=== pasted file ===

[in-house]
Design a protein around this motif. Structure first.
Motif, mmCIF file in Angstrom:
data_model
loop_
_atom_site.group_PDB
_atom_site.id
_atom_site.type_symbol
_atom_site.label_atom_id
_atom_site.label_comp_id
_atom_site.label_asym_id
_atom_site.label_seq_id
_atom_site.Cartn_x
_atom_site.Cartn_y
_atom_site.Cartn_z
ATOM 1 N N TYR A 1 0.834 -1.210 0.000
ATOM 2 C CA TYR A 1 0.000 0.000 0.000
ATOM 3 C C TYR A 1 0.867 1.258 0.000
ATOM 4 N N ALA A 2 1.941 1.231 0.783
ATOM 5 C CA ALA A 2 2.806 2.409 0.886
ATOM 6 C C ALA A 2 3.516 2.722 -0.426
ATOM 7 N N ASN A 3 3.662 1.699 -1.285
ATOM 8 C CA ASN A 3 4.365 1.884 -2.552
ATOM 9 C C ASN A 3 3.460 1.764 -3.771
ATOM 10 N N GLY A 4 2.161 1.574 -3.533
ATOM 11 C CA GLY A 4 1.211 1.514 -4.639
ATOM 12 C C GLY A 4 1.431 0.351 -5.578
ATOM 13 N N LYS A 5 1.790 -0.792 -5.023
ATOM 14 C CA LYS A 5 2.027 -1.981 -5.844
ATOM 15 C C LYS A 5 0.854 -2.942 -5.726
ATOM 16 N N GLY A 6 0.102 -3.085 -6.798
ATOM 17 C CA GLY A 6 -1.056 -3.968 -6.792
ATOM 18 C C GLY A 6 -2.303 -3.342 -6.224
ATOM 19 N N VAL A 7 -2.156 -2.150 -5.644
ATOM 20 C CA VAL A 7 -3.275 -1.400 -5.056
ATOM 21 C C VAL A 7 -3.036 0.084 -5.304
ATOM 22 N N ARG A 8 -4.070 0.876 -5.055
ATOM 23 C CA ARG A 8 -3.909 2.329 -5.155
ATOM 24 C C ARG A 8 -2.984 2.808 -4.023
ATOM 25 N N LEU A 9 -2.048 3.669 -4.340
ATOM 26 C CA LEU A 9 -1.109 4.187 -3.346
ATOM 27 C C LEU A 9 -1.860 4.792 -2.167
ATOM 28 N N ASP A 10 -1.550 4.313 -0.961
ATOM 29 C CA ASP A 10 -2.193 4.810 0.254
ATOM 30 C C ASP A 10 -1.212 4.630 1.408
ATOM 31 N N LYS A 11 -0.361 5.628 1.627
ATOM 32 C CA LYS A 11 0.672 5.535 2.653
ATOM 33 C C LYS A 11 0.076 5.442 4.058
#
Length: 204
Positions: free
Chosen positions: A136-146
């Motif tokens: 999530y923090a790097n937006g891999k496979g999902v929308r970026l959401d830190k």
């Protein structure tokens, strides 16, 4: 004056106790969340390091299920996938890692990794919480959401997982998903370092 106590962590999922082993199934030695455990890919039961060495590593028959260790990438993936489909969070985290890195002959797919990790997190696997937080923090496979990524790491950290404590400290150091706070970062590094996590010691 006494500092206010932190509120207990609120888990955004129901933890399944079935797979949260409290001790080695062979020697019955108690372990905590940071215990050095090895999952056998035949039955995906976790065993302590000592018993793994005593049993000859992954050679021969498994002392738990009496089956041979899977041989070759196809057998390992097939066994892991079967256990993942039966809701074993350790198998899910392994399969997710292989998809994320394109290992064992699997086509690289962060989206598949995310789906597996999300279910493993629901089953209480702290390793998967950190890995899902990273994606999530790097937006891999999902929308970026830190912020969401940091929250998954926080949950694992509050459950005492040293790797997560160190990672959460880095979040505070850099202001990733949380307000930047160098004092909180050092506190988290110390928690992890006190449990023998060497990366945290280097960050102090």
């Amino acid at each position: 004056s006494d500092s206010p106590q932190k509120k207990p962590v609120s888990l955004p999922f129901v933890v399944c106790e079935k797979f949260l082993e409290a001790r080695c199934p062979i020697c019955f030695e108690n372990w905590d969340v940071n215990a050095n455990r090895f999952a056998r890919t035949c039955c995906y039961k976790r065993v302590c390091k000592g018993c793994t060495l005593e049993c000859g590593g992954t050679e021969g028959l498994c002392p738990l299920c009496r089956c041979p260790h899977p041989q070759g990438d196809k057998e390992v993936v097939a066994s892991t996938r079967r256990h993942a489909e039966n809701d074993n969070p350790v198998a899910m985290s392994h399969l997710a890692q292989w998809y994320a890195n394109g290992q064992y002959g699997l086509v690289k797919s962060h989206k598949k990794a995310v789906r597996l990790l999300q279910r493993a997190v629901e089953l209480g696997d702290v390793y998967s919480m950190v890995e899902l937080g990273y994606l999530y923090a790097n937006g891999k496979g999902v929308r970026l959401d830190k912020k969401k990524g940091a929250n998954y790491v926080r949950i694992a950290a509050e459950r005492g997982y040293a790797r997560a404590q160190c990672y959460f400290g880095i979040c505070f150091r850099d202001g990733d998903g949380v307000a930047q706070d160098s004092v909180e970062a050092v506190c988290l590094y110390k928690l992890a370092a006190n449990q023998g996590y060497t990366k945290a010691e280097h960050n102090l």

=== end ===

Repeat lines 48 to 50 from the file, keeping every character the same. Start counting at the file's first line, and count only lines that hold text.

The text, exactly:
ATOM 33 C C LYS A 11 0.076 5.442 4.058
#
Length: 204